A Travellerspoint blog

July 2017

Swan Island Swan Song

Mackerel Cove

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After Isle au Haut, we went went to Mackerel Cove on Swan Island. That trip took us through the Casco Passage. On the charts it looked involved. We went through on a rising tide so many of the hazards were not visible. Probably, a good thing for an aged and tired pilot.

About Mackerel Cove, there nothing to say. It was just a place to anchor, and not a very great place for that. Many people suggested this place to visit, but I cannot see why. There is a ferry terminal for the ferry that runs to Bass Harbor; there are a few rocky islands and a couple of buoys. Its sole and only gracing feature is that it is only about 6 nm to Bass Harbor which is why we made it our final stop.

We hit the dock at Bass Harbor about 2 pm, that time chosen for the tide to ensure enough water at the dock in case I screwed the pooch trying to moor the boat. In the event, I did not embarrass myself to any memorable degree.

We were the shakedown cruise for the year. So, I spent some time going over the issues with the boat; there were several but none that were critical. An hour or two to move stuff from the boat to the truck and we were on our way home.

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One evening while we were riding at anchor, sitting in the cockpit and having a drink, and looking at this scene, Carol remarked that she had never imagined that she would ever be doing that again after we had sold our boat. While we were heading to Bass Harbor we made a futile attempt to grab the little wind there was and to sail back; too little wind for that. While the sails were up and hanging mostly limp I also wondered whether that was going to be the last time I ever stood at the helm of a sailboat.

If that turns out to be the deal, then that's okay. For me the question is whether I want that to be the deal. Three quarters of the earth is covered by water and I have seen more of it than most people while standing on the deck of a boat. But there is so much more to see and, I hope, time to see it.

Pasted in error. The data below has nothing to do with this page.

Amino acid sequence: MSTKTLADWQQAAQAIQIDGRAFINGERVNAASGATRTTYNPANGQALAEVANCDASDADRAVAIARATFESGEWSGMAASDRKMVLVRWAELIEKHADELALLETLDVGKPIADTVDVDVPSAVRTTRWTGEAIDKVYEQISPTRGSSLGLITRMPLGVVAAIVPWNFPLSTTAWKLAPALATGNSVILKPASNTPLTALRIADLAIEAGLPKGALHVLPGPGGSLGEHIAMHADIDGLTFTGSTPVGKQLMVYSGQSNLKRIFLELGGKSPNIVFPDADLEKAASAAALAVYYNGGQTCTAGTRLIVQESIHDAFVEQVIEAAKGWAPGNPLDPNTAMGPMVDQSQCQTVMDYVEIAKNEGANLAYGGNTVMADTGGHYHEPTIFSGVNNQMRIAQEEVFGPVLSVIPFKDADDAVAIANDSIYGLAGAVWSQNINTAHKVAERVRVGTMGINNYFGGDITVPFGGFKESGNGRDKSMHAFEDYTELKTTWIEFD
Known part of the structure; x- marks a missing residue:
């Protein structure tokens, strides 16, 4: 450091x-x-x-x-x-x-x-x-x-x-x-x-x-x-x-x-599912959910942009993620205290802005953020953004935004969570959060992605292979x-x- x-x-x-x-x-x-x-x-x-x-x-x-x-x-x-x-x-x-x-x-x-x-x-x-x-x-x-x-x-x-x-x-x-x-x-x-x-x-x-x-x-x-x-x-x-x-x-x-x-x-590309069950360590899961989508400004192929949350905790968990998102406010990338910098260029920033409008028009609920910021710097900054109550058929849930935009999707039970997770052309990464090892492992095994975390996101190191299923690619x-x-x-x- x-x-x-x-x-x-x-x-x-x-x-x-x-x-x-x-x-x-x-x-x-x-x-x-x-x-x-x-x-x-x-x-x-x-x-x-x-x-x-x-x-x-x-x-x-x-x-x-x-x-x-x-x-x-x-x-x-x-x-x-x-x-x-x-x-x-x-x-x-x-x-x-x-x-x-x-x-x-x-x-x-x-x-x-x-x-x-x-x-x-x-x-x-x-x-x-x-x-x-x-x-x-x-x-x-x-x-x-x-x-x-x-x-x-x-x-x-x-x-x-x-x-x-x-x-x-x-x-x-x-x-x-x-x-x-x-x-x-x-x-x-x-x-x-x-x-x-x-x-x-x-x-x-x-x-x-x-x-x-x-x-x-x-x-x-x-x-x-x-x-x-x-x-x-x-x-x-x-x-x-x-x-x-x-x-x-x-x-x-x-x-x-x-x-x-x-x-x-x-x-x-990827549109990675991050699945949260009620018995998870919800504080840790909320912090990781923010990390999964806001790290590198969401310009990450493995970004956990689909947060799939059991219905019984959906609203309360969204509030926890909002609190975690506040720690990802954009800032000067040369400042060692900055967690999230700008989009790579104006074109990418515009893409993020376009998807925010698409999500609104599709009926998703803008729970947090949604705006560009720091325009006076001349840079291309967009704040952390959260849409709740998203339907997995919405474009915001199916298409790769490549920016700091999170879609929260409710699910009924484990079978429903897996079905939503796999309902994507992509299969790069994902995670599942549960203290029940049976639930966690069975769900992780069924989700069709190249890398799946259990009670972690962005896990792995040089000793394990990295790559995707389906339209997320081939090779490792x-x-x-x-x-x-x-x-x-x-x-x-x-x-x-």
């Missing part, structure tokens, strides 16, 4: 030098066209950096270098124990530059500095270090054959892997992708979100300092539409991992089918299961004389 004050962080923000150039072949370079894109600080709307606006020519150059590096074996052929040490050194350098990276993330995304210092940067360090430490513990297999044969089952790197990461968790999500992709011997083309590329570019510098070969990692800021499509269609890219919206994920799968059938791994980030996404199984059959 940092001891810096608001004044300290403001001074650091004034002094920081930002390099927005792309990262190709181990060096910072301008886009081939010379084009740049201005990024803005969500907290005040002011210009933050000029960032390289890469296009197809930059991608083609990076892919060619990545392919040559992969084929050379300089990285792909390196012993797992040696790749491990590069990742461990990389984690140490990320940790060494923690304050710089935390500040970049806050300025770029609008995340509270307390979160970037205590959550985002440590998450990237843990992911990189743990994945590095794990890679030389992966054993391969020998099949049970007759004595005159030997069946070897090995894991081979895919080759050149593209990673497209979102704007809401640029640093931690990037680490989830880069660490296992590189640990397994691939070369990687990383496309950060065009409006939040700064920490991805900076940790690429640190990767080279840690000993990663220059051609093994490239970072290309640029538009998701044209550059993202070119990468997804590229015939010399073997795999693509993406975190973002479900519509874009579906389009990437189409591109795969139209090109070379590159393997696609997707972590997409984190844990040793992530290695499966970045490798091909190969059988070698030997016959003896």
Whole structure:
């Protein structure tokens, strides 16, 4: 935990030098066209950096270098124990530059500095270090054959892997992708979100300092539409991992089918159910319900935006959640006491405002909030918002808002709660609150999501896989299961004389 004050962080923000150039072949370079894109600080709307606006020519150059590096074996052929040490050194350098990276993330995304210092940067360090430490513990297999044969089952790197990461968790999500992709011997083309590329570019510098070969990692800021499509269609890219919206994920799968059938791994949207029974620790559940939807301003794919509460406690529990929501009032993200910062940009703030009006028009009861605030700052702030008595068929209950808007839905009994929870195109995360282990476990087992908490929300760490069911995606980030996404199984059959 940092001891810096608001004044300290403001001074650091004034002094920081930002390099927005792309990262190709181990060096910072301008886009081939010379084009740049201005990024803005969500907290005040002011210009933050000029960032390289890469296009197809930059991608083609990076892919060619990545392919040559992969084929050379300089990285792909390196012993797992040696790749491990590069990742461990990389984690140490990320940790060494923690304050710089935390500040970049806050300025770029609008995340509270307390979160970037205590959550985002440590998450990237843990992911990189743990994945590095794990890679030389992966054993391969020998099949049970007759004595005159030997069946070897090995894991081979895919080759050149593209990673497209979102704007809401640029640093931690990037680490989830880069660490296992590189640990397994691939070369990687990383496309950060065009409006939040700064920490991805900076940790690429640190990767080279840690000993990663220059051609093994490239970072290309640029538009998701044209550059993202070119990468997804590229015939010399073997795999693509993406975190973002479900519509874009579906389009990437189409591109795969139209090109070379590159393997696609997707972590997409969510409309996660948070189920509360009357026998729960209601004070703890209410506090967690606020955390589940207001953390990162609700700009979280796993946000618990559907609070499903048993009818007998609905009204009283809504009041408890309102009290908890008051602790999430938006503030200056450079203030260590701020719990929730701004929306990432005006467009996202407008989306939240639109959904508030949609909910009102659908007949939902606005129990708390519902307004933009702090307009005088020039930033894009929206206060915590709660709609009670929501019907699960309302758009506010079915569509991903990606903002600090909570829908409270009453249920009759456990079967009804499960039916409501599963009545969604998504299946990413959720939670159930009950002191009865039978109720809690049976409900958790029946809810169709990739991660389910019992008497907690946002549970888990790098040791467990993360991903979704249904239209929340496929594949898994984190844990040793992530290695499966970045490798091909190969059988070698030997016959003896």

Posted by sailziveli 10:49 Archived in USA Comments (0)

Isle au Haut

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I never studied French, but Google translate says that this means: Isle at the top. That is, more or less, appropriate. It has Mt. Champlain, some 530-ft. tall, which towers over most of the other islands, save for Mt. Desert Island which holds most of Acadia National Park.

It was also an easy run from Pulpit Harbor, maybe three hours. We were steaming against the tide which was running in. All the floats on the lobster pots were leaning against the tide with little wakes pointing the other direction. All the lobster pots must meant that we have left the “high rent” districts of Castaine and Belfast.

This was another one of those days. All that was needed to scream Fall was a yellow leaf or two. The sky, the clouds, the temperature felt like October, not the end of June.

Along the way today we saw many islands that must be privately owned. One acre, maybe three, with a single home. I don’t know why the idea of owning an island seems so outrageous to me. It’s probably not much different from owning 100 acres and we know lots of folks who do. We saw a good bit of this in the Bahamas. For some reason my mind rejects this. Middle class values, I suppose.

We anchored in Laundry Cove, at the northern end of the island. No hints; Carol did no laundry the entire trip. Last night, Tuesday, was our first night exclusively at anchor. There was a storm, some wind and rain, and we were still there this morning. The experience will not get added to our list of anchoring disasters, a good thing.

It is a mile or more from the anchorage to the town dock. The tide was low when we took the dinghy in and we were able to see all of the hazards listed in the cruising guides. I am glad we did not come in through the Isle au Haut Thoroughfare. That was scary stuff and it looked even more dangerous in the actual viewing than it did in the reading.

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We had seen a church spire from the water so we decided to check it out. It is a Congregational church and it is New England personified. Oddly, there was no road to the church only a boardwalk of some 200-yards up the hill. No parking spaces at the church. It is small; 100 people would probably have filled it up. It takes me back. It’s hard to accept that in days past the congregants might have burned a witch.

There is no town to see; a small market, a lady selling lobster, a notary public, the church and a floating dock. I get the idea that folks here don’t really miss the bustle all that much. It’s quiet and has many comparisons to Spring Creek. I cannot imagine, though, what it is like here in January after a nor’easter has blown through. Staying warm must be work. We saw some fuel oil tanks and some wood piles, but I doubt that much of the wood came from the island; very few hardwood trees. The summer folks all leave after Labor Day; but there are a lot of lobster men here that call the place home.